In this unique nonfiction picture book, the main character is a bicycle that starts its life like so many bicycles in North America, being owned and ridden by a young boy. The boy, Leo, treasures his bicycle so much he gives it a name -- Big Red. But eventually Leo outgrows Big Red, and this is where the bicycle's story takes a turn from the everyday, because Leo decides to donate it to an organization that ships bicycles to Africa. Big Red is sent to Burkina Faso, in West Africa, where it finds a home with Alisetta, who uses it to gain quicker access to her family's sorghum field and to the market. Then, over time, it finds its way to a young woman named Haridata, who has a new purpose for the bicycle -- renamed Le Grand Rouge -- delivering medications and bringing sick people to the hospital.This book makes an excellent choice for cultural studies classes; author Jude Isabella has provided several terrific suggestions in the back of the book for projects large and small, while a map shows the distance the bicycle traveled across the Atlantic Ocean.Award-winning illustrator Simone Shin's digitally composed artwork includes evocative depictions of Alisetta's and Haridata's communities in rural Africa, creating vivid comparisons between Leo's life and their lives. Youngsters will learn how different the world is for those who rely on bicycles as a mode of transportation, and how one ordinary bicycle -- and a child's desire to make a difference -- can change lives across the world. This book also offers an excellent opportunity for expanding character education lessons on caring, compassion and empathy to include the wider world.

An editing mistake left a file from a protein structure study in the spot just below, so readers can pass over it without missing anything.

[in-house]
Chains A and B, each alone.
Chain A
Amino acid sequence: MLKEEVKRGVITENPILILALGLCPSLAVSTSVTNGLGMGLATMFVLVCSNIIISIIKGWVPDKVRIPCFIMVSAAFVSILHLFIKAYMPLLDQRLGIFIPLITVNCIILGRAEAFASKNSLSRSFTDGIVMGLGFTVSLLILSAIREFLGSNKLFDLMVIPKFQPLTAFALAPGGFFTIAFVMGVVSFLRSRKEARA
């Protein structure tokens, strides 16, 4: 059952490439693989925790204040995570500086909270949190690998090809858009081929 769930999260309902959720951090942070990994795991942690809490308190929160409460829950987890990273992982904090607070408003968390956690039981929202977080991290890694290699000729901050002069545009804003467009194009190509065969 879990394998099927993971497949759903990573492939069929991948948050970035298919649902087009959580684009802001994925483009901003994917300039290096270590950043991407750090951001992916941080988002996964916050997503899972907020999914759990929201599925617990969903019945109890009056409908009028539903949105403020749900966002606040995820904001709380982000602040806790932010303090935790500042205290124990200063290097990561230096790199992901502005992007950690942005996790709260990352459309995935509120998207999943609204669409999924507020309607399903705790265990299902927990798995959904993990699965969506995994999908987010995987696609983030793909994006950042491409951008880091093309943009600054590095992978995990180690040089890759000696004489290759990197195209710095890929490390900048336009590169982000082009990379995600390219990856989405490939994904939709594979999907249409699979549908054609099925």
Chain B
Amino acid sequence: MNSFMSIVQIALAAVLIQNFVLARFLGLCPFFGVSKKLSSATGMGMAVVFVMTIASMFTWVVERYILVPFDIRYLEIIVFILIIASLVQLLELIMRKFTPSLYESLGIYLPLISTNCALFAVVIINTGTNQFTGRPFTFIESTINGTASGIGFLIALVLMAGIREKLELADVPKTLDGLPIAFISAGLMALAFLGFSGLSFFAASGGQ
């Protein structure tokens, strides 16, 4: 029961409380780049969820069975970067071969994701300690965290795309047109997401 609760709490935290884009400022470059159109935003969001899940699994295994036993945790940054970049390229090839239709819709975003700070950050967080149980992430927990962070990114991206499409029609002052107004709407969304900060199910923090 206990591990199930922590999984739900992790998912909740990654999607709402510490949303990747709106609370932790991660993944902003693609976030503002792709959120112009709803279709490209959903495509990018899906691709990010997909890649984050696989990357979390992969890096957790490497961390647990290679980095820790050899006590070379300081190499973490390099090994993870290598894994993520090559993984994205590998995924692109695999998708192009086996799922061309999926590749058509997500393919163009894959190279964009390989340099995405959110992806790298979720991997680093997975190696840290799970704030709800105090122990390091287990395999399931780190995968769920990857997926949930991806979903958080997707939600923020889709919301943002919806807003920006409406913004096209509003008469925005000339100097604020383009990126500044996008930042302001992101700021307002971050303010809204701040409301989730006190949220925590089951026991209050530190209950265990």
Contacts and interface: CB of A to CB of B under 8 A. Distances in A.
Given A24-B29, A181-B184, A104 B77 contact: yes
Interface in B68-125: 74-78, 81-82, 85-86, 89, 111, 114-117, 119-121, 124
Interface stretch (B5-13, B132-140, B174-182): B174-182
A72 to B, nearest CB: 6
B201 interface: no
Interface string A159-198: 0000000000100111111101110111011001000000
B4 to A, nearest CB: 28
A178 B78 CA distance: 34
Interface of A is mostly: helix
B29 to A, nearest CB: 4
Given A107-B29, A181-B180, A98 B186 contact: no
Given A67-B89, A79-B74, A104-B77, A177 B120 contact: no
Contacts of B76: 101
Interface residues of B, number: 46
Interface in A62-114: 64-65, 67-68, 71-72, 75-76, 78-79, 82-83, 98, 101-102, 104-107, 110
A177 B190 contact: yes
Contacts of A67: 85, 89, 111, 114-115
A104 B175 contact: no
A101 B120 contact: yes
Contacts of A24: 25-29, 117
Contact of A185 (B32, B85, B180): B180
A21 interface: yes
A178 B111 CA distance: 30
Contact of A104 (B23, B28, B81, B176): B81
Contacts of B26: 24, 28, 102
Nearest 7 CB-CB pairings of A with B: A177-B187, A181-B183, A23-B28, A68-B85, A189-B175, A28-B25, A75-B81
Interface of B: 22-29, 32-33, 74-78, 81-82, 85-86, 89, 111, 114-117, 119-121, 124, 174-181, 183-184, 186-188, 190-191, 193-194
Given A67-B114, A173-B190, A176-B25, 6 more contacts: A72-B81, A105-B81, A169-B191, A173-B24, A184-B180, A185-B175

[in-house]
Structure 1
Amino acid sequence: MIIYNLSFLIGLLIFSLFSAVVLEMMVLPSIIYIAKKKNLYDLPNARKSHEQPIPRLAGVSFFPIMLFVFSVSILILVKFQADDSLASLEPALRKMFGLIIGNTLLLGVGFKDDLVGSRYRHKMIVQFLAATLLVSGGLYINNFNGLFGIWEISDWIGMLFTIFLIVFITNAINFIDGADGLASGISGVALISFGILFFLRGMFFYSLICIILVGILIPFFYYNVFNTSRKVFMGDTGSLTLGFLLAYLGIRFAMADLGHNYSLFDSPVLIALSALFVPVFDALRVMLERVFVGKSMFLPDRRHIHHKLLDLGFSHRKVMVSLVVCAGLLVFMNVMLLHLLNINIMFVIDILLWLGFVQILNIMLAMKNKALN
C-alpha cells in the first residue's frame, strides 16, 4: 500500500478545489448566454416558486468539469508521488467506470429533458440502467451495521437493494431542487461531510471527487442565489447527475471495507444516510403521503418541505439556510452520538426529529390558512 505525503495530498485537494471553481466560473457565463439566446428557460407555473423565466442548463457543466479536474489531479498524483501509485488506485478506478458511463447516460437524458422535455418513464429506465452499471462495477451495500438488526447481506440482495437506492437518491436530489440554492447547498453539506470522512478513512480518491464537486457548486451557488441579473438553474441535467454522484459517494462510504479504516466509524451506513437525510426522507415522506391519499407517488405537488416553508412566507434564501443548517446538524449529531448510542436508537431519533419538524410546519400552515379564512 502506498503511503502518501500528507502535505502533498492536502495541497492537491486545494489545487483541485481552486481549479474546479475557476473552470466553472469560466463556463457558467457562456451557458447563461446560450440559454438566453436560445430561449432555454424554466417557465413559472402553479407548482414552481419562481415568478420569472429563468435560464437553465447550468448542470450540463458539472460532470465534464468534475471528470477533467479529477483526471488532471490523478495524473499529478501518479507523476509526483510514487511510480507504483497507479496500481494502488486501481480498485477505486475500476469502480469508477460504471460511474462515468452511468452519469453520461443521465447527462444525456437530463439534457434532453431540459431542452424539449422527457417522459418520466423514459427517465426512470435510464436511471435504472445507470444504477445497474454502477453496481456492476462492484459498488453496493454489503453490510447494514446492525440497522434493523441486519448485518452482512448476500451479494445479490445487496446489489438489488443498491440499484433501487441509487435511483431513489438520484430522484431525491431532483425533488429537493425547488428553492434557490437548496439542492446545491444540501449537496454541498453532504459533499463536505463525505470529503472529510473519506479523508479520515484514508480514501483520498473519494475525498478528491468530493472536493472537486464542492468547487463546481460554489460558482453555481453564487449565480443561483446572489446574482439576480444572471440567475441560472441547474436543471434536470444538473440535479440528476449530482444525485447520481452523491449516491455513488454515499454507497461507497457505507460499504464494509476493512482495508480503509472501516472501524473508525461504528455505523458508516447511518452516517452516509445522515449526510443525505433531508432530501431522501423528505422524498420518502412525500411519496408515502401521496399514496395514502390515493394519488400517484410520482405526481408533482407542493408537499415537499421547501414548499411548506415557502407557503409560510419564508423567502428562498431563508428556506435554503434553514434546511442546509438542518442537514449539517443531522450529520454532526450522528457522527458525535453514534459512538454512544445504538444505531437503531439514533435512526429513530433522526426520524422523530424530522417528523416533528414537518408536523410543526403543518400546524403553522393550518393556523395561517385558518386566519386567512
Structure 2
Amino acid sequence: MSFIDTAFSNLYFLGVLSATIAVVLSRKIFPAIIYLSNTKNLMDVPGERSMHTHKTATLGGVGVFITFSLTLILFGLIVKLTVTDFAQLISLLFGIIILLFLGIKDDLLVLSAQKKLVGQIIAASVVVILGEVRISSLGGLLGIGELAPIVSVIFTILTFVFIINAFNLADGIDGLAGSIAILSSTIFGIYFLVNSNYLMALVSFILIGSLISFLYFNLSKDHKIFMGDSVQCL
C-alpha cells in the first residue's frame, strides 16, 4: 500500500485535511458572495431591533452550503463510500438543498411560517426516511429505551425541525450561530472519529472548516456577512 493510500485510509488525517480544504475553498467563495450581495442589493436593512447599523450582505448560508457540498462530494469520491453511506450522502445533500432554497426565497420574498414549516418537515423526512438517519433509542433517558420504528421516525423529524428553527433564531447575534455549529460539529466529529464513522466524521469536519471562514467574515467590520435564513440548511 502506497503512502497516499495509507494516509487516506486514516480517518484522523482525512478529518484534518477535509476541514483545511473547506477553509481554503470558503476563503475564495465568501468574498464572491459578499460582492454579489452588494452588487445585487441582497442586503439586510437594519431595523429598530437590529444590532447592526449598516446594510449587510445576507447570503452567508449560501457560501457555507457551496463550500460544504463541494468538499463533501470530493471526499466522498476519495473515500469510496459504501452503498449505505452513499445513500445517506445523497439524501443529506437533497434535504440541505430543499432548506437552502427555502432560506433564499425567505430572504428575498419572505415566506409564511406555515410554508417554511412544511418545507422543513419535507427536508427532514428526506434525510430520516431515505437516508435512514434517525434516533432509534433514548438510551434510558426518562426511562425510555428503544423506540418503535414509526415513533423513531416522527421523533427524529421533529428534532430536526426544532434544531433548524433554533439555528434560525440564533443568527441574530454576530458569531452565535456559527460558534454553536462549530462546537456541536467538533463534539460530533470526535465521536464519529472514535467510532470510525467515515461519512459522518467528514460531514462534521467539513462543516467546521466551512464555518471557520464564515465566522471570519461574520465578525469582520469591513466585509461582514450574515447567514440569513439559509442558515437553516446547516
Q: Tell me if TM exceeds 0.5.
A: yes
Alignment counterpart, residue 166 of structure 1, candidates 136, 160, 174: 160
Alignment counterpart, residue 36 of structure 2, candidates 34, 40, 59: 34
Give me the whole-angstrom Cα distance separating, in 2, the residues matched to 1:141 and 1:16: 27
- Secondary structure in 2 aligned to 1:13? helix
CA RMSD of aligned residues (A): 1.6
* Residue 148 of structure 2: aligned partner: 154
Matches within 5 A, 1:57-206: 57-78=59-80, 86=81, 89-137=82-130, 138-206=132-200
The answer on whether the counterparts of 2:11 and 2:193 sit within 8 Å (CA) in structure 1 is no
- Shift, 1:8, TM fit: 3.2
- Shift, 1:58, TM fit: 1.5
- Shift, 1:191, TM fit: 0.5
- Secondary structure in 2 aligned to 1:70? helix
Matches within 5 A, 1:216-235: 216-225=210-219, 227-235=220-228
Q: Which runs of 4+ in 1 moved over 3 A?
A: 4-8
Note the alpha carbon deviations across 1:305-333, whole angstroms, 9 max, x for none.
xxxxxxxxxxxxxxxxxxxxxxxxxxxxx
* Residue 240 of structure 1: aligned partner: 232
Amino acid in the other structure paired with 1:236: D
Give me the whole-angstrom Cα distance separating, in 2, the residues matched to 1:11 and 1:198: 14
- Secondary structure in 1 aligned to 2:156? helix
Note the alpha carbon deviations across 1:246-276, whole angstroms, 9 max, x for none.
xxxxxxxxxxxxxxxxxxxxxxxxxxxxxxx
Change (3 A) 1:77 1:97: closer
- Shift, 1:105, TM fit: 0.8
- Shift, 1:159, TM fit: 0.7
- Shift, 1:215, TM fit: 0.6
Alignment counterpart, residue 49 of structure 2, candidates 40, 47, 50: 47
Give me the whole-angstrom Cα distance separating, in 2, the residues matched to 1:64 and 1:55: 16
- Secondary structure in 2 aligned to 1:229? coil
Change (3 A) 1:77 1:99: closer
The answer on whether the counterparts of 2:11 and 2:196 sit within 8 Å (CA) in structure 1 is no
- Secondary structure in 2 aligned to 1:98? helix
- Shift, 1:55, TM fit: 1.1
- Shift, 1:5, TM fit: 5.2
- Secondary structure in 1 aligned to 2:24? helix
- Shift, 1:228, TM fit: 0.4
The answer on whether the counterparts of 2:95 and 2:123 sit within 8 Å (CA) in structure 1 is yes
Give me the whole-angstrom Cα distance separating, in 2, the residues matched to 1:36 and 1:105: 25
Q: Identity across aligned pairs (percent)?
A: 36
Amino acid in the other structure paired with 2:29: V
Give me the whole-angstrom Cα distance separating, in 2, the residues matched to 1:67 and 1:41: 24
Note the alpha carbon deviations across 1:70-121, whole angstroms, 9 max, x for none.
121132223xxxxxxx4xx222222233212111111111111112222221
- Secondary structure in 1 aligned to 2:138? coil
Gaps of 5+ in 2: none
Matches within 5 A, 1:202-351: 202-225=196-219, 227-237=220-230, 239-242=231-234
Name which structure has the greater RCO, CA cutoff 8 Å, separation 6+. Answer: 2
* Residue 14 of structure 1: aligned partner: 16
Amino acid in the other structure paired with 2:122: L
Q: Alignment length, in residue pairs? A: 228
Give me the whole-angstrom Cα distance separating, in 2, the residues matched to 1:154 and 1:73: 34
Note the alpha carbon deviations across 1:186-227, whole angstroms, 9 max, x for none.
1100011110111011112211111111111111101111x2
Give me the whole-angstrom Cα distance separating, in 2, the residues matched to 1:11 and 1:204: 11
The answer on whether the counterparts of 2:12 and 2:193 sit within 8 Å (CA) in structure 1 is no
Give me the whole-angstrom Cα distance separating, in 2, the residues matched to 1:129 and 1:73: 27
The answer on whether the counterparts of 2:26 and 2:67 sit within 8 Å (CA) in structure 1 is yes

Honestly, it's the first time I listen about bicycle's donations. Probably wouldn't have ever known if it wasn't for this book. It's such a great idea, to donate your bicycle to needed communities, where a bicycle is more than a transportation system but also a tool for work, or even an ambulance!
It's a short book as most of the picture books, but you can follow the amazing journey of a red bicycle from USA to Burkina Faso. I used to have a red bicycle, and when it was too small for me I gave it away to one of my father's coworkers for his son for Christmas. I always wanted a new bike, I imagined myself on Sundays just enjoying the wind and the sun while driving my bike, but now I see bikes in a whole new light. At the end of the book there is a list of places you could contact for bike donations it you have some bikes you don't use more.
It has beautiful illustrations by Simone Shin, and being a non-fiction story, not only children will enjoy it but also learn a way to help communities in need around the world.
Published March 1st 2015 by Kids Can Press
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